Shropshire Chamber of Commerce is backing a project to commission a new sculpture, recognising the sacrifices made by the county through the Covid-19 pandemic.

The Lord-Lieutenant of Shropshire, Anna Turner, is hoping to gain enough backing for a publicly-funded sculpture to be placed in The Abbey, Shrewsbury.

The full-size sculpture will cost around £16,000 – a one fifth sized replica is currently on display at Shrewsbury Museum, and the public are invited to enter a prize draw, for a chance to win it.

 

There will also be a chance for members of the public to put their fingerprints on the main sculpture at the Abbey during September.

Shropshire Chamber president Mandy Thorn, who is also one of the county’s Deputy Lieutenants, said: “The Lord-Lieutenant’s vision for this project is to make a fitting tribute which will last long into the future to mark the period in which many people have lost loved ones and everyone has had to make extraordinary sacrifices in their daily lives and in their businesses.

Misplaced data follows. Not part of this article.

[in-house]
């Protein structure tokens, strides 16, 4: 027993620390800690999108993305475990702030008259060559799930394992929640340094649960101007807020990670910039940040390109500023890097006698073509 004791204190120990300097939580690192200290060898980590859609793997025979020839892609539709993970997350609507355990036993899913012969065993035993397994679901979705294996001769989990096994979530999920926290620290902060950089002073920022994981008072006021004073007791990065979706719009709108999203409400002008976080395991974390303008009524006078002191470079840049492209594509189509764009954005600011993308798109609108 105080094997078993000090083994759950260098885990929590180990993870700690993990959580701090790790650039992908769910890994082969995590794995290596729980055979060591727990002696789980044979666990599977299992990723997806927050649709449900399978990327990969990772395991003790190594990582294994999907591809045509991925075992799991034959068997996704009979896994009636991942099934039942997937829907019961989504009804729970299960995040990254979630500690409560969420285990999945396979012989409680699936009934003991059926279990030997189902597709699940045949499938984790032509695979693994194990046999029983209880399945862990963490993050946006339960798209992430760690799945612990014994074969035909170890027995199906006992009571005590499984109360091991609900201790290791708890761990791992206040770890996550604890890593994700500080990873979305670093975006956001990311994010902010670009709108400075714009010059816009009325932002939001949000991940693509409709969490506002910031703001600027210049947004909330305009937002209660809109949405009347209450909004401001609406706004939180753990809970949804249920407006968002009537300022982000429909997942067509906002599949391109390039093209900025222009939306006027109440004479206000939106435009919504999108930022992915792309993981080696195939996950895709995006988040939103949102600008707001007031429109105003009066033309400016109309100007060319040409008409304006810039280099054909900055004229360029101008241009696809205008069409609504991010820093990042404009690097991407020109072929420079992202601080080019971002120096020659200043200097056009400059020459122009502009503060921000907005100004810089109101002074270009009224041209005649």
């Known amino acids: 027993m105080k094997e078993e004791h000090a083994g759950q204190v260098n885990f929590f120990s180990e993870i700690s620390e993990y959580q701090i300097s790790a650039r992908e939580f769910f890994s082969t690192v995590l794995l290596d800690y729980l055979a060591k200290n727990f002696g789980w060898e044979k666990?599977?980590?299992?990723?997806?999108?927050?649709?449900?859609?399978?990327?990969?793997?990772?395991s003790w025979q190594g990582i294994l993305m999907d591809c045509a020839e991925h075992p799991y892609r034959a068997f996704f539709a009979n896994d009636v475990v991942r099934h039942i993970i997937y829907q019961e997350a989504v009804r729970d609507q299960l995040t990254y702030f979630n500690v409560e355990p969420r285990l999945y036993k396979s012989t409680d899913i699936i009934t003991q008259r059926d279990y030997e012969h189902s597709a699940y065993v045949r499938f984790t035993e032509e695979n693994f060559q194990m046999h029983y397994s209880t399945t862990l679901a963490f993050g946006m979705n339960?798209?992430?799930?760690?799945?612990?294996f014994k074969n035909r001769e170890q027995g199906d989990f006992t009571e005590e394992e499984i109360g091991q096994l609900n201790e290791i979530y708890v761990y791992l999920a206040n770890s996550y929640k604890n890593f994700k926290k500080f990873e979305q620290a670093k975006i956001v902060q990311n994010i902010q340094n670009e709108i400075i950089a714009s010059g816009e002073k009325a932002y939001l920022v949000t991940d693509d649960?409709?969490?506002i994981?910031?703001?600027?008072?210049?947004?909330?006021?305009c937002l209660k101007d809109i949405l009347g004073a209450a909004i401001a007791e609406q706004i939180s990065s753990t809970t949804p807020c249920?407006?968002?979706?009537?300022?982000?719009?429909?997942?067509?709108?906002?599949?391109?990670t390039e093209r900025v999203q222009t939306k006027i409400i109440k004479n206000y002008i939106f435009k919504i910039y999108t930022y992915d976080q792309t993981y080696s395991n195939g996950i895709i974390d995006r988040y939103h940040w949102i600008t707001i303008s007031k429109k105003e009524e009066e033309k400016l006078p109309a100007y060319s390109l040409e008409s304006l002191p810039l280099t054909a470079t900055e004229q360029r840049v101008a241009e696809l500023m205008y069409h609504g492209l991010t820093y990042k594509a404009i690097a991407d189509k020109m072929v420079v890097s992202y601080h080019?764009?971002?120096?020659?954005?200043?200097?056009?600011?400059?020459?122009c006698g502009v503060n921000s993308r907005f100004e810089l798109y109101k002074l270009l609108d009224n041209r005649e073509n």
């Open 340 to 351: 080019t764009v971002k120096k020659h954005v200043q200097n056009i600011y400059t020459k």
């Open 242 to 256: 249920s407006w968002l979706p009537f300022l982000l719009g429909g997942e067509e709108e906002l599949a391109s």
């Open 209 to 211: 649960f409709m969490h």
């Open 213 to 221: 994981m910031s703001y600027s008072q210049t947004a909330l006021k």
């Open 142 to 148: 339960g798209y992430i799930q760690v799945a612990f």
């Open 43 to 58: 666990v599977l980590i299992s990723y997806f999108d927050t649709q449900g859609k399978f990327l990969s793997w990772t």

“Communities on all levels have pulled together to get us through. From the dedicated work of health and care staff, through frontline workers in a wide variety of roles, to many people helping their neighbours, our communities have risen to the challenge.

“We also very much need to remember the people who have suffered and sadly died and to thank everyone for their enormous effort.”

The sculpture has been created by Paul Kennedy, who is based at Acton Round. He says he has created a design ‘to be reflective as well as projecting hope’, with the main circle representing the divine life force or spirt that keeps our reality in motion.

The void between the two halves is filled with coloured glass to represent a rainbow and is the symbol of hope and promise for a better future.

The bronze sculpture will be raised and grounded on Shropshire stone with a pink hue and tool marks from the original stonework in the Abbey will be replicated onto three sides of the base.

Richard Sheehan, Shropshire Chamber’s chief executive, said: “Shropshire has risen to the Covid challenge in extraordinary ways. Businesses responded to calls for support like never before, whilst the spirit of collaboration across society was and is amazing.

“It is fitting that we not only remember this but recognise the pain and suffering many have endured through the crisis through this wonderful sculpture. I am confident that business will once again come together to support this funding effort and help the Lord-Lieutenant to make this happen.”

The Lieutenancy has teamed up with the Shropshire Rural Communities Charity to assist in fundraising, and any surplus funds will be put to Community projects across Shropshire and Telford & Wrekin.